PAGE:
A former candidate for a Lubbock school board seat has been indicted in connection with an insurance fraud investigation by Lubbock police.

Amanda Lee Banks, 51, is charged with a state jail felony count of insurance fraud between $2,500 to $30,000. The offense carries a punishment of six months to two years in jail.

The charge stems from what a Lubbock police detective believes were fraudulent insurance claims Banks filed in connection with an August 2016 burglary at her home in the 2700 block of 87th Street, according to an arrest warrant.

The detective believes Banks staged a break-in at her home on Aug. 7, 2016, in the 2700 block of 87th Street and lied about stolen jewelry, clothes and vandalism that included racial slurs etched into her furniture.

Banks initially told police she spent the night at a local hotel to celebrate a relative’s birthday. She said she returned home to find her home was burglarized. She reportedly listed two rings as stolen in the burglary, one worth $1,100 and another worth $2,200. She said the thieves also took $8,000 worth of clothes from her.

QBE Insurance paid her about $18,000 for the loss of her clothing and jewelry. About $7,900 of the payout was confirmed fraudulent, according to an arrest warrant.

However, it was the vandalism that made a Lubbock police detective suspicious of the burglary.

The detective, a 14-year police veteran who has investigated home burglaries for more than five years, characterized the burglary as unusual because the intruders not only stole from Banks, but also vandalized her furniture by carving racial slurs into them, including “#WLM,” which the detective believed meant “White Lives Matter.”

“It is very typical for home burglars to go inside a residence for a short period of time and then flee the scene,” the detective wrote. “... Burglars don’t spend extended periods of time inside a home vandalizing the residence and also stealing items. I believe the specific racial slurs and amount of time spend inside vandalizing was atypical of any residential burglary I have ever investigated.”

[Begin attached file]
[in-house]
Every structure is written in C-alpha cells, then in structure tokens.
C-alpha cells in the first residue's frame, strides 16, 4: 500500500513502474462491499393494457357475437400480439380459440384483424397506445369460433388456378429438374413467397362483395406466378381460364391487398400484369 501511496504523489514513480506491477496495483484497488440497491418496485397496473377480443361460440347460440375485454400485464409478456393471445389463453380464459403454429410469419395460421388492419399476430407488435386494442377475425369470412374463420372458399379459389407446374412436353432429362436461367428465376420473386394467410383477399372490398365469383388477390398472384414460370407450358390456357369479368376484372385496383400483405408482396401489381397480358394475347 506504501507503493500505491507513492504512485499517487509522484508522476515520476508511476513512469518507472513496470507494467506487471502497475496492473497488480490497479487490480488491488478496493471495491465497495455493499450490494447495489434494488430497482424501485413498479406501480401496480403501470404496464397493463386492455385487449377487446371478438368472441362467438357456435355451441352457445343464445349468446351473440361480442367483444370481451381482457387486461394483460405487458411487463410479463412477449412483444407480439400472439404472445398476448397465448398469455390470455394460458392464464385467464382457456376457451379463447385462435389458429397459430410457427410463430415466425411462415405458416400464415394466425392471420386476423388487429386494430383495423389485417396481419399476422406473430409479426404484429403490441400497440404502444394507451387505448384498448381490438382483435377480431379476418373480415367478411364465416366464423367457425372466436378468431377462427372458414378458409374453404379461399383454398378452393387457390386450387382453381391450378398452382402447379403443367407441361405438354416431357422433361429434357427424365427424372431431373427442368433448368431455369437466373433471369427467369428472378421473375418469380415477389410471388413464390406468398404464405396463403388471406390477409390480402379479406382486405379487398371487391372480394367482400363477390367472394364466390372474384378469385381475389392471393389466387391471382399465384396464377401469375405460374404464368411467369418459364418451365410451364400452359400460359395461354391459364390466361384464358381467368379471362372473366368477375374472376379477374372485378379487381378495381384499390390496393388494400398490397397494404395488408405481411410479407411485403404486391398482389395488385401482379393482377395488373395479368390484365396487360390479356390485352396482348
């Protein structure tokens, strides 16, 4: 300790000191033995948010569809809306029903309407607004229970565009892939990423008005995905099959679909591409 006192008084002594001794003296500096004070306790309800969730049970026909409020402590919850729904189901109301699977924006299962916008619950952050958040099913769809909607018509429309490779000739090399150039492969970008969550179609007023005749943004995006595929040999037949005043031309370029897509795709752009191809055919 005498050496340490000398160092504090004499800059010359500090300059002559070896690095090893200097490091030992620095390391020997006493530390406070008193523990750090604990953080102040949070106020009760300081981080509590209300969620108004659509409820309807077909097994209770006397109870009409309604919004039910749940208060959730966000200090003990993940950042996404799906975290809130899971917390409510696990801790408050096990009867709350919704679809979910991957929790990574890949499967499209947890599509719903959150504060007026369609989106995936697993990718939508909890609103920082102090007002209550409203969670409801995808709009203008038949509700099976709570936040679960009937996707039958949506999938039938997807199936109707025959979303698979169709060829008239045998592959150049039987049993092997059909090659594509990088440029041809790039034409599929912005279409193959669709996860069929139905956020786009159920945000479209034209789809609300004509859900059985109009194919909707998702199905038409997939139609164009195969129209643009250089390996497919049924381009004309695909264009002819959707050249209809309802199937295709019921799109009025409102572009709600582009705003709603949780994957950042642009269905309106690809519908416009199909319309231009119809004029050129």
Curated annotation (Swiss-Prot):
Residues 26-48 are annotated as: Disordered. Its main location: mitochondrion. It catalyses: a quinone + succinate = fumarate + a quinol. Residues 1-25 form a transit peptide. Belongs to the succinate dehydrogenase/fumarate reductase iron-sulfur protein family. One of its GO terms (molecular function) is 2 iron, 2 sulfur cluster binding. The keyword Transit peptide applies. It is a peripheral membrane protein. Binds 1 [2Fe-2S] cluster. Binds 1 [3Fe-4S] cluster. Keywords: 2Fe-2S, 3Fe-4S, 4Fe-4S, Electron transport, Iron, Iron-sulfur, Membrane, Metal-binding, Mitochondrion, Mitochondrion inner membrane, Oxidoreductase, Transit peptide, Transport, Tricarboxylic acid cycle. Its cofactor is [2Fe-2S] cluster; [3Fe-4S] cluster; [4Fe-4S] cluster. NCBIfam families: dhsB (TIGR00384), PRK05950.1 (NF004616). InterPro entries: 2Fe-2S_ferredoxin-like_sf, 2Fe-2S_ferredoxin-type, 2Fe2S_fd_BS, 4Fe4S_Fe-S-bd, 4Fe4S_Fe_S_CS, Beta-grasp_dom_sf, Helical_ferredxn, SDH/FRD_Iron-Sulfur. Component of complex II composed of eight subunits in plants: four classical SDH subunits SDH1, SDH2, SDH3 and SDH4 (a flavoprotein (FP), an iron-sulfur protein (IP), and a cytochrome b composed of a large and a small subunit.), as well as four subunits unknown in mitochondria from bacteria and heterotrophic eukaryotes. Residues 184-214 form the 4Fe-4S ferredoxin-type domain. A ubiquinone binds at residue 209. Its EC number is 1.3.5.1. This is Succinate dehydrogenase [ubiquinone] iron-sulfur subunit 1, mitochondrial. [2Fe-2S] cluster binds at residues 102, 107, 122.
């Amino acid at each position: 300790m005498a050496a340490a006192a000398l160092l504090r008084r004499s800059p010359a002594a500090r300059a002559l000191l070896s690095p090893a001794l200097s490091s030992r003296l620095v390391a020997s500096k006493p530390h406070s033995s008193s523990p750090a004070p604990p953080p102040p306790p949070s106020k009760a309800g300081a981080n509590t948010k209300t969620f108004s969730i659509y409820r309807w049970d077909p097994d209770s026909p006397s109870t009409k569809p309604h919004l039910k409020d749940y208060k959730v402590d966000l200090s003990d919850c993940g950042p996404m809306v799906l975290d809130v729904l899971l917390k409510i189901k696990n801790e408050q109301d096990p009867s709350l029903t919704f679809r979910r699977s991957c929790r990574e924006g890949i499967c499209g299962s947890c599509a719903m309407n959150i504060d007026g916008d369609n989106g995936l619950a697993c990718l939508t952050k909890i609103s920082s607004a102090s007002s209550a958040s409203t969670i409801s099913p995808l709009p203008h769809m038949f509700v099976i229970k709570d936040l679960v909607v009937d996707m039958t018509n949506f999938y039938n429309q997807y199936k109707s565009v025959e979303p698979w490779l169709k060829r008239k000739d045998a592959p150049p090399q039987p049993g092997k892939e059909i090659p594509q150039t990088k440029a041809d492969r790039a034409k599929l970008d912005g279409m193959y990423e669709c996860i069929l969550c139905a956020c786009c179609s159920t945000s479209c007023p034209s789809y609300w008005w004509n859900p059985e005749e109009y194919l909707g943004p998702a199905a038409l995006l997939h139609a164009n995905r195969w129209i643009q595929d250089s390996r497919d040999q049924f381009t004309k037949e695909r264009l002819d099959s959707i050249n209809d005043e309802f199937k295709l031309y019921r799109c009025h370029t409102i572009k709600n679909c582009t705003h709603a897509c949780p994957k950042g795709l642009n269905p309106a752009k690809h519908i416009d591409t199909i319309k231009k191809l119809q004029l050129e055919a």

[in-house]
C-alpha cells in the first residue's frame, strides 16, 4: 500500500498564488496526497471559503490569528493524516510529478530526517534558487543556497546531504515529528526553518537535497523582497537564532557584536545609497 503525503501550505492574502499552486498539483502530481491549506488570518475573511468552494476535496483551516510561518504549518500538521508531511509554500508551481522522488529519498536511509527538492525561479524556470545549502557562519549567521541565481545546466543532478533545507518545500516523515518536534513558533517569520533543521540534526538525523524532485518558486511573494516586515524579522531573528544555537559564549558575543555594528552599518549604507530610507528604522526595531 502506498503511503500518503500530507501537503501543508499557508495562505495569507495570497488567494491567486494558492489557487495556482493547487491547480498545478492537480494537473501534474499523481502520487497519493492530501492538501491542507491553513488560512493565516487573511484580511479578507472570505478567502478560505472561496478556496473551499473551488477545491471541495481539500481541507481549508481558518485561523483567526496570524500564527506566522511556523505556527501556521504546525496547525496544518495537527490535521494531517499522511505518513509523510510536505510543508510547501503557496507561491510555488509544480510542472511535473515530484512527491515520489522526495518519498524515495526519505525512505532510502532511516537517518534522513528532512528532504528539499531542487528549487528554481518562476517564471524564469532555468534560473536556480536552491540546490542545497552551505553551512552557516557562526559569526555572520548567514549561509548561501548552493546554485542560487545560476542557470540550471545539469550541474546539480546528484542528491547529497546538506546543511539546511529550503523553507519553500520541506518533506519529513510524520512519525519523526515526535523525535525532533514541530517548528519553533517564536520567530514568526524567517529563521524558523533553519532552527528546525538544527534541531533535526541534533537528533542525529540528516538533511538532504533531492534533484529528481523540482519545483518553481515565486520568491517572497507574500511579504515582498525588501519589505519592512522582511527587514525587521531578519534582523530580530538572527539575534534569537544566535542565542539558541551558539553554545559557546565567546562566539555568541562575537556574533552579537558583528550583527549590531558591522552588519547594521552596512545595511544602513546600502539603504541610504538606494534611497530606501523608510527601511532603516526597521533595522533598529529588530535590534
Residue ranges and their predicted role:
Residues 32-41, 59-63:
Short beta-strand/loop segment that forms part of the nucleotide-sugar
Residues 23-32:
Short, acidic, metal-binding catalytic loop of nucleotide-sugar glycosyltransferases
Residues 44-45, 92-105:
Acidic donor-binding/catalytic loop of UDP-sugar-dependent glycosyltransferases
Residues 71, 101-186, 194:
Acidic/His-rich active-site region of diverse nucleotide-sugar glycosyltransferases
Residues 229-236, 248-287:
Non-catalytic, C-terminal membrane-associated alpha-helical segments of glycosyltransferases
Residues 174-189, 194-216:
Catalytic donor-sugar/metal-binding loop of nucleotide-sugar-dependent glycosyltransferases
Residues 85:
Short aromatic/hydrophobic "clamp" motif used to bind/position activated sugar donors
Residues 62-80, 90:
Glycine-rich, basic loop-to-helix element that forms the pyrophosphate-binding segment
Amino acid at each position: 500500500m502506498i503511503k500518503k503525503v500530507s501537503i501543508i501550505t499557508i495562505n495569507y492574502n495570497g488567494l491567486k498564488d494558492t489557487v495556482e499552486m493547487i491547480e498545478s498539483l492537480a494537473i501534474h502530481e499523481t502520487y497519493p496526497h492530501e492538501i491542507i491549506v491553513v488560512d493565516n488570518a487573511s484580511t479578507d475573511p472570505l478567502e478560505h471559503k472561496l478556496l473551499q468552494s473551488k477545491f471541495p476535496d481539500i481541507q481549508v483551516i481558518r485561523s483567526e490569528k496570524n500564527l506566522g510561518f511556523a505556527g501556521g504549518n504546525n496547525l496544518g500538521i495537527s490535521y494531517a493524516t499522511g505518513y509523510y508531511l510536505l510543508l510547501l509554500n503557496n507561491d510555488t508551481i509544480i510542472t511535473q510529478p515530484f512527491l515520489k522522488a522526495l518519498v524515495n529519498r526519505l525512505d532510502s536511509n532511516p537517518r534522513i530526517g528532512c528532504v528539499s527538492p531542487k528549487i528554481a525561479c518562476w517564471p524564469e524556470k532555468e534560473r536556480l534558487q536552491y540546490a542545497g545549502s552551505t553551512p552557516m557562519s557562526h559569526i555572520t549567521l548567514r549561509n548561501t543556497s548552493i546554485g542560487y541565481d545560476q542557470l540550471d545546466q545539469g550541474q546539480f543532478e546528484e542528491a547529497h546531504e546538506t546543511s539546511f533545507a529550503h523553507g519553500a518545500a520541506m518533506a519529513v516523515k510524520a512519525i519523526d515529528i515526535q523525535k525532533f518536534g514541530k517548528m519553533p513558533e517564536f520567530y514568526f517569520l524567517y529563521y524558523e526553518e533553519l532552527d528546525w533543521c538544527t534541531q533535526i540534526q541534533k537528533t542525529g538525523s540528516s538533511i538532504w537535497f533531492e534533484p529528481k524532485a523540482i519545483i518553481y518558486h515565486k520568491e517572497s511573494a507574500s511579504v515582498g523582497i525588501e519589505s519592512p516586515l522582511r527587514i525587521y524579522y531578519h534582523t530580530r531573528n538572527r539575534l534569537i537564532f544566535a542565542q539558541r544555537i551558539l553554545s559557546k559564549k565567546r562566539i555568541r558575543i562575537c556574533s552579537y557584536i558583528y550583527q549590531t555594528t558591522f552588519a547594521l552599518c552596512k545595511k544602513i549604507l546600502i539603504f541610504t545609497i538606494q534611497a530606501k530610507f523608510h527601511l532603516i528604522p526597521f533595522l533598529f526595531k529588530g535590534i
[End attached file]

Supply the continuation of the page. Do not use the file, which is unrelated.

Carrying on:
Investigators found no evidence that the intruders forced their way into Bank’s home and aside from the kitchen, which was ransacked, the house seemed tidy. Only the furniture in the home was defaced and the walls were left alone.

Investigators found a framed photo of the 1968 Olympics Human Rights Salute by black athletes lying on the floor. The detective believed the photo was taken off a wall and placed on the floor.

“Due to the numerous racial slurs written all over the home, it is reasonable to believe the suspects would have damaged the black power photo,” the detective wrote.

While Banks' clothes were reportedly stolen, two televisions in the house were not stolen or damaged. The detective noted clothes aren’t a common target for home burglars.

The racial vandalism also caught interest from the Department of Public Safety, the warrant states.

Banks was unable provide police with a suspect and said she didn’t know anyone with motive to break into her home and vandalize it. However, she suggested to the detective that her involvement with the East Lubbock Promise Neighborhood organization might have something to do with the burglary. She also mentioned tension at her workplace because of her race, but did not identify a particular coworker with whom she had issues, the warrant states.

Banks reportedly produced receipts for the stolen clothes in the August 2016 burglary that showed they were bought in 2012 and 2013 at a store in San Marcos. However, store employees told police the receipts were fake.

Seven months after the August 2016 burglary, Banks reportedly filed a claim for more stolen clothes worth about $11,000. The insurance company denied her claim and began its own fraud investigation, the warrant states.

Banks, who is out on bond, was arrested four days before the May 5 election where she ran against Beth Bridges and Art Martin for the Lubbock Independent School District Board of Trustees in an at-large position. Bridges was elected with about 44 percent of the votes cast. Banks and Martin each garnered about 28 percent of the votes cast.